If you’ve made it past Rule 14, you will now have to learn chess rules. Rule 16 reads, “Your password must include the best move in algebraic chess notation.” As such, Rule 16 is arguably the most complicated rule in The Password Game. But don’t worry, we’re gonna show you how to solve it below.

## How to Discover the Best Move in Algebraic Chess Notation in The Password Game: Rule 16

**In order to beat Rule 16, you need to discover the best move in algebraic chess notation**, which is the standard method for writing a specific move you can do on a chess board. Click on the highlighted text on the Password Game page to find out more about what Algebraic Chess Notation is, **but all you need to know is how to identify it**.

A notation can represent any type of move. **Be5** simply indicates a Bishop moving to E5, but **Bxe5** indicates a Bishop capturing another piece in E5 before taking its place. The best move in the Password Game will often include capturing another piece.

“B” indicates Bishop, and “x” indicates capturing another piece. The final section always includes the moved piece’s new location on the board, which ends up being “e5” in this example.

With that format in hands, let’s solve the following Rule 16 example:

You might arrive at the correct result, but the best way to make sure of that is by visiting Next Chess Move. This website (which also has an APK for mobile devices) calculates the best next move depending on your current board. **So all you gotta do is recreate the same situation on this site and hit “Calculate Next Move.”** Just like this:

And with that, we get our answer as **Rd8+**. Let’s see if it works out…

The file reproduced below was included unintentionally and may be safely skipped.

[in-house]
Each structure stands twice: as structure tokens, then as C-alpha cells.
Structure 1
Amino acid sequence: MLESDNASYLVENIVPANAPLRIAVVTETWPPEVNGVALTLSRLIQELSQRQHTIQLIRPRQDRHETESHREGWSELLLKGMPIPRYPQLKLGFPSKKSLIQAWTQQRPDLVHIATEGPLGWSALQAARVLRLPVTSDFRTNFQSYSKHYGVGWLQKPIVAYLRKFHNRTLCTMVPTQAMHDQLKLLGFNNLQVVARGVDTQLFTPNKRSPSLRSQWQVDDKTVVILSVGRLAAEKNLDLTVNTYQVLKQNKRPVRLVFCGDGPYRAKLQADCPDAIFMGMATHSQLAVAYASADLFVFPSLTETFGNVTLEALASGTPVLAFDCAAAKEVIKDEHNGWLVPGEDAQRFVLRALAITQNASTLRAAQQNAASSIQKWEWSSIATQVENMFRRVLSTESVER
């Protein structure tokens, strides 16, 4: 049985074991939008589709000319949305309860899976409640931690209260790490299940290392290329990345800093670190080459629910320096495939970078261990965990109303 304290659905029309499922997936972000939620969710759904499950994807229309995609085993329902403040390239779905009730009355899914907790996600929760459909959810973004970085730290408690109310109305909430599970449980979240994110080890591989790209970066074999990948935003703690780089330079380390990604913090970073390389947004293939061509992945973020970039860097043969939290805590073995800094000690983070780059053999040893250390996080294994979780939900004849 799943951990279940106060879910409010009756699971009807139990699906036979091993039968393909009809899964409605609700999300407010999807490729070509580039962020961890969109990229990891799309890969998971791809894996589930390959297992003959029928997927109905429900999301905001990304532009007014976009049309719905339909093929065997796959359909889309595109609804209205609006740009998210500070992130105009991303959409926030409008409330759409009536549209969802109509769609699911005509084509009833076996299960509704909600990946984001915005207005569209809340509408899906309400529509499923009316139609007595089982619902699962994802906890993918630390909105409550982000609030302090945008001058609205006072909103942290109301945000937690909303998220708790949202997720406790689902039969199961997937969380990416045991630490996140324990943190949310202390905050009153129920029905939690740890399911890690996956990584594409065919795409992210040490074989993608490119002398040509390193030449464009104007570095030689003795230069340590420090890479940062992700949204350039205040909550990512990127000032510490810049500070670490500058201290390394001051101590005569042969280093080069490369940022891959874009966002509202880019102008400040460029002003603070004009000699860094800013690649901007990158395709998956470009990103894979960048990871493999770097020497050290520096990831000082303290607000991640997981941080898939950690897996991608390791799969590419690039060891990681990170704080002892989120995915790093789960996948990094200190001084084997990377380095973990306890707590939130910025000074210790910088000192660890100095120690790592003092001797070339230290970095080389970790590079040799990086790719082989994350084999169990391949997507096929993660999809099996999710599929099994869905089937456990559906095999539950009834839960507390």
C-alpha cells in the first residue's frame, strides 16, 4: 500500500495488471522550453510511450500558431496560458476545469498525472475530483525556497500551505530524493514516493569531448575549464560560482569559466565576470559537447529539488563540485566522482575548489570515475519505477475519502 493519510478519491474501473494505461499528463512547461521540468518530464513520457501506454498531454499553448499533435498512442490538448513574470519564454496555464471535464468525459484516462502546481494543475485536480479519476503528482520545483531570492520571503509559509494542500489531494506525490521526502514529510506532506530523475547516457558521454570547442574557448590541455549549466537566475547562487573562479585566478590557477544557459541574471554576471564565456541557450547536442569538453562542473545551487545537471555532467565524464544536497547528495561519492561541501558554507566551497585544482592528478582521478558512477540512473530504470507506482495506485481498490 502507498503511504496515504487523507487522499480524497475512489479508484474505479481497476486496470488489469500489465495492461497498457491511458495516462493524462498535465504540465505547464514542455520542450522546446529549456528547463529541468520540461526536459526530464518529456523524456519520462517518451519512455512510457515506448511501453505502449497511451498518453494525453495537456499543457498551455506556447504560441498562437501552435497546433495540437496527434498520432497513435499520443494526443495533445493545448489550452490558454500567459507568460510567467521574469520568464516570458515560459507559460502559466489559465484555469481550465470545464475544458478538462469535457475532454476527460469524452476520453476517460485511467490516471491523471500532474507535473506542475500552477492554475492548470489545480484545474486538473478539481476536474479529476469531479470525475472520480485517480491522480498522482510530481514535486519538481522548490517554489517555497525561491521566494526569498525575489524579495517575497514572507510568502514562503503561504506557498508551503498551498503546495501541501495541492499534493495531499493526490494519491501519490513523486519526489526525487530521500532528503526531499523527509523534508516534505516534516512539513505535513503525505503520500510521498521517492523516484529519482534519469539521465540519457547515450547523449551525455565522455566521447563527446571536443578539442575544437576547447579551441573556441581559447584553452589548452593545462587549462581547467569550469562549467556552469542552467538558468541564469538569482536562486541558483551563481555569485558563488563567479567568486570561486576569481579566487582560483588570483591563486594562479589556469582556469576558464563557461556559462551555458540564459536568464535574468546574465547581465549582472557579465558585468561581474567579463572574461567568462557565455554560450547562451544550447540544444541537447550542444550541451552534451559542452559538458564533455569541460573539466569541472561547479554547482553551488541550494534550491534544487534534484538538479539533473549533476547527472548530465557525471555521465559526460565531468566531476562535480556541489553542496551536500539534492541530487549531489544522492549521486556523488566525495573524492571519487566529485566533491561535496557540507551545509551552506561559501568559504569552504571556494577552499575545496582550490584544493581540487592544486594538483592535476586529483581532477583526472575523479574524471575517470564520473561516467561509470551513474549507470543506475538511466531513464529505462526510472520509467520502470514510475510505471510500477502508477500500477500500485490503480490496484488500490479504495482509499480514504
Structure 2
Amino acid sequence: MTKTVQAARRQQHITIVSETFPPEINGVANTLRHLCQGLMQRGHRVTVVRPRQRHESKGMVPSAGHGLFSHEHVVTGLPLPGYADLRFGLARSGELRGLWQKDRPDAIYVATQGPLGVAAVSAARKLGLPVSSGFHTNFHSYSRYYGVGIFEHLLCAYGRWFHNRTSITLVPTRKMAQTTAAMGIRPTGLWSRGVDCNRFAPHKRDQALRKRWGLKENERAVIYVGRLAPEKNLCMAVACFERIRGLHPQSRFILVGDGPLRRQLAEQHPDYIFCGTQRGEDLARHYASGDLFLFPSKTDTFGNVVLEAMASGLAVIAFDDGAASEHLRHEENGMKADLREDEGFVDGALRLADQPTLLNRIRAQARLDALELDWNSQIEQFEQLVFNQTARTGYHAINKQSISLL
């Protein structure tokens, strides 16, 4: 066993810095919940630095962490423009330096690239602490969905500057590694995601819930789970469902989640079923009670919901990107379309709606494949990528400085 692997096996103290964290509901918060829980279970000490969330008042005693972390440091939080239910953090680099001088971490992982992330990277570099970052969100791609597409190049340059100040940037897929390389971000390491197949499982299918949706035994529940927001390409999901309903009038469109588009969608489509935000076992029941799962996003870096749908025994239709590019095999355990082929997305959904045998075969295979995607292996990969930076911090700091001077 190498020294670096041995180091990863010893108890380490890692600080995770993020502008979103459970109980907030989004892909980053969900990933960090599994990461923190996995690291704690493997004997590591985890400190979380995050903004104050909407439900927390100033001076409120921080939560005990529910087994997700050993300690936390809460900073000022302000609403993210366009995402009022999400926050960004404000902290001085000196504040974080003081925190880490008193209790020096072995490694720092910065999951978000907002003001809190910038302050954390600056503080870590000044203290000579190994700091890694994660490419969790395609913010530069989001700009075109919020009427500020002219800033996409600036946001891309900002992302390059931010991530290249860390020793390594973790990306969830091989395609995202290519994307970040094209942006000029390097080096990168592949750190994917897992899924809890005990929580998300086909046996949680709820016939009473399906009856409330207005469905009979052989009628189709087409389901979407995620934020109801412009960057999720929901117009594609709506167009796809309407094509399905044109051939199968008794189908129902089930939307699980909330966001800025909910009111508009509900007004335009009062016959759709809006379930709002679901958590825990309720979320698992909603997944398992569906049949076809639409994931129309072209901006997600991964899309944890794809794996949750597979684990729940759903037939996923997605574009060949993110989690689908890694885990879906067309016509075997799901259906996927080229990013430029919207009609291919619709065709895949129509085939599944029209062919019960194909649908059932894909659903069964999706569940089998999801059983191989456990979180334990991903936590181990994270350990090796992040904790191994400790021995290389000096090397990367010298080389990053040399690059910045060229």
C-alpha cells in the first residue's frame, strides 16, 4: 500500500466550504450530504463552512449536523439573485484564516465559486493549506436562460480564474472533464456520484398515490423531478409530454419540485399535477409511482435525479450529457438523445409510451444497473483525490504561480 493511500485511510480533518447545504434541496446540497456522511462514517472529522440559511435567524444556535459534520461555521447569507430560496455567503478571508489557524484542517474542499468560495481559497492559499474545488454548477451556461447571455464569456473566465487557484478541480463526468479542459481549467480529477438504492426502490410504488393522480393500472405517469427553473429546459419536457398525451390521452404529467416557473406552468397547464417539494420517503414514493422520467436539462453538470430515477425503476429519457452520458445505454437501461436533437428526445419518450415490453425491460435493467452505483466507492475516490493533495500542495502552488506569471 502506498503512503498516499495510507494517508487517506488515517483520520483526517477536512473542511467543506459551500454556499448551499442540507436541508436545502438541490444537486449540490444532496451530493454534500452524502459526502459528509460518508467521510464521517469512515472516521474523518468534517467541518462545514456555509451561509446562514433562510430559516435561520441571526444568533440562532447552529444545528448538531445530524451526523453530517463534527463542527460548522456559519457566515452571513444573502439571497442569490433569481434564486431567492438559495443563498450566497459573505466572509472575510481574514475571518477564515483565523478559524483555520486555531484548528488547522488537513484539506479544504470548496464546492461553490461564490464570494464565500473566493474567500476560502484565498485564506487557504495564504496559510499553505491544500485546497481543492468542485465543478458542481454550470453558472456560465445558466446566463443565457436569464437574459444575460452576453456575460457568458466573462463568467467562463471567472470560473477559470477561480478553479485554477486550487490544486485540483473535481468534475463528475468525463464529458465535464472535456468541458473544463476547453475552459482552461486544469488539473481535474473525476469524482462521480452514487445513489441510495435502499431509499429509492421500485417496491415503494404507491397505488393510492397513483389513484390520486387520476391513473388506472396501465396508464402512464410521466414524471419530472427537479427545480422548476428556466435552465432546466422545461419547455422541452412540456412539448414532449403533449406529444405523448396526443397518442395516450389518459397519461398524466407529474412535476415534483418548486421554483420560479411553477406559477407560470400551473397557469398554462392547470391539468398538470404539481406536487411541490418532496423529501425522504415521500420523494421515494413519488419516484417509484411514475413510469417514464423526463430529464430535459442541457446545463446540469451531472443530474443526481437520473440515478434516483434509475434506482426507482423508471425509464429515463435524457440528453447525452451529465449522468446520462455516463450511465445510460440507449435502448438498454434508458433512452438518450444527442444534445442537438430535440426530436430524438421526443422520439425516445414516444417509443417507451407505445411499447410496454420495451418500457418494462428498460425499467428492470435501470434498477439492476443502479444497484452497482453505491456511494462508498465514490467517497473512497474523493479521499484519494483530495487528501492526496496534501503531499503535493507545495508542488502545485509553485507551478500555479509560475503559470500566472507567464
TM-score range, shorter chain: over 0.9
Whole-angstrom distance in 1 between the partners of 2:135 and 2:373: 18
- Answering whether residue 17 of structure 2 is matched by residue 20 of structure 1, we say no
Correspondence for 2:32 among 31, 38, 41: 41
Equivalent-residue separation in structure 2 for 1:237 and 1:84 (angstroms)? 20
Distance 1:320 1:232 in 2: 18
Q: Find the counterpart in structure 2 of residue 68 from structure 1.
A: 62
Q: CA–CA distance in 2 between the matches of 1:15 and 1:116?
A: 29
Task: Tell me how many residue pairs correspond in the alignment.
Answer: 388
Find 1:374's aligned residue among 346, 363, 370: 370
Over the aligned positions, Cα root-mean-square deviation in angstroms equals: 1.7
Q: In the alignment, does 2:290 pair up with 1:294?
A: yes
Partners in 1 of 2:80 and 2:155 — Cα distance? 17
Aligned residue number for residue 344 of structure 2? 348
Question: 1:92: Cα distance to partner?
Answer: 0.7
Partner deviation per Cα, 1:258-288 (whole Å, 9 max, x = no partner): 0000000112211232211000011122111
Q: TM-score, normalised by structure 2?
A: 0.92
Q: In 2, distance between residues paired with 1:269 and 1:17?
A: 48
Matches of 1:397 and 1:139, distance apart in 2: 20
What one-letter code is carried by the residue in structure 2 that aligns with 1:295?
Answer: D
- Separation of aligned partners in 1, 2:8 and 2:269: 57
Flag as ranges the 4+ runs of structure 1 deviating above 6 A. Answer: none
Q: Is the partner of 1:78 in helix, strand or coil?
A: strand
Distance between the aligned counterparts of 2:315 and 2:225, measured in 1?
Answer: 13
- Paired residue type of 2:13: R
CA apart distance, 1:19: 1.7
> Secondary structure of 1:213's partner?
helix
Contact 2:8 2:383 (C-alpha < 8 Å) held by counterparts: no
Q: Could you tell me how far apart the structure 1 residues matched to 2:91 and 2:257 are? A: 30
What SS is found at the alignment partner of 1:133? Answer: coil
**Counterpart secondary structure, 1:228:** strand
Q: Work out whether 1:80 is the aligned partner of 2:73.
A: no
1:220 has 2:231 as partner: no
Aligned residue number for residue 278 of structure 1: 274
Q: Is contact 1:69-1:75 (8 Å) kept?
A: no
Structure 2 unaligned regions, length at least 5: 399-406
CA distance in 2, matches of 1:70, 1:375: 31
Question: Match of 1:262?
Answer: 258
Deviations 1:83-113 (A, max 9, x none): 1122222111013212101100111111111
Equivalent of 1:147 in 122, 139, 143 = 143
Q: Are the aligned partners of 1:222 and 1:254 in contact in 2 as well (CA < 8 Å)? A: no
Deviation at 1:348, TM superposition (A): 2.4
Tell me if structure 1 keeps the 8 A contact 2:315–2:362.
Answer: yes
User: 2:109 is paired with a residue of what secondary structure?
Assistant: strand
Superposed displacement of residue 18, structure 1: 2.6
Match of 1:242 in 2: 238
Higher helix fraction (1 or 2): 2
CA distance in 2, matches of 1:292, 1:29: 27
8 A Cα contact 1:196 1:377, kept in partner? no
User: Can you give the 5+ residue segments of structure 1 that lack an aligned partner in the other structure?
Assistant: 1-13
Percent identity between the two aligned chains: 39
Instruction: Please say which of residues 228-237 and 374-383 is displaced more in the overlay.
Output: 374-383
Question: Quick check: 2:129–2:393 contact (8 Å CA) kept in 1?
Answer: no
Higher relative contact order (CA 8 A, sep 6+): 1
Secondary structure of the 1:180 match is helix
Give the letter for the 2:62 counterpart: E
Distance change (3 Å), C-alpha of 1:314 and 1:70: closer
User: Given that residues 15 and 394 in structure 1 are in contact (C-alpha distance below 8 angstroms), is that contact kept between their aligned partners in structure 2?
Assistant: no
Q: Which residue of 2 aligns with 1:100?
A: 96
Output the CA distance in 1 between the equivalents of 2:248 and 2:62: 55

We did it, let’s go! **Some other rules were broken in the process, but it’s easy to fix them**. Or at least it should be. Just remove some numbers and older letters as needed. Regardless of that, the worst part is done. Just be careful not to drown in** **hot waters within just a few Rules. You’ll get what we mean soon enough.

## Can You Get the Wrong Result for Rule 16 in The Password Game?

Although rare, your result might not be the answer you need. In that case, try again and see which of the next moves would be the next “best move.” One of them is guaranteed to be your correct answer. **NextChessMove will be accurate most of the time**, so you might not even go through these issues.

If you have to restart the game for some reason, don’t forget that the other big roadblock in Rule 14 is also easy to overcome once you use all the tools at your disposal. And you have a lot of them, don’t forget that.

## Chess Notations Explained

**Chess Notations** are simply a record of the moves committed in any chess game. Instead of writing them out in a normal language, notations shorthand moves made in a match to simple numbers and letters.

You have to know a few things about chess notation before understanding it. First, abbreviations in notation style are always capitalized. For example, the letter “K” is for the king piece, the letter “Q” is for the queen piece, and so on. Some pieces have special notation letters, however. Here’s the notation for every chess piece.

- “K” – King.
- “Q” – Queen.
- “R” – Rook.
- “B” – Bishop.
- “N” – Knight.
- Pawn – no notation.

Each square on a chess board has its own notation based on a graph. For example, on the photo above, white’s rook piece on the bottom left side is on the square a1, so the notation reads as “a1.” Likewise, if we move a piece to square e4, the notation would be “e4.”

If a rook piece moved to e4 on turn 8, it would be written out as this: 8. Re4. The turn number comes first, then the piece’s notation, then the chessboard spot. Pawns don’t have any notation, so a pawn moving to e4 would just be written as “e4.”

Hopefully, our guide helped you to find the best move in **algebraic chess notation** for The Password Game Rule 16. You can check out our guide on How To Beat Rule 18 in The Password Game next.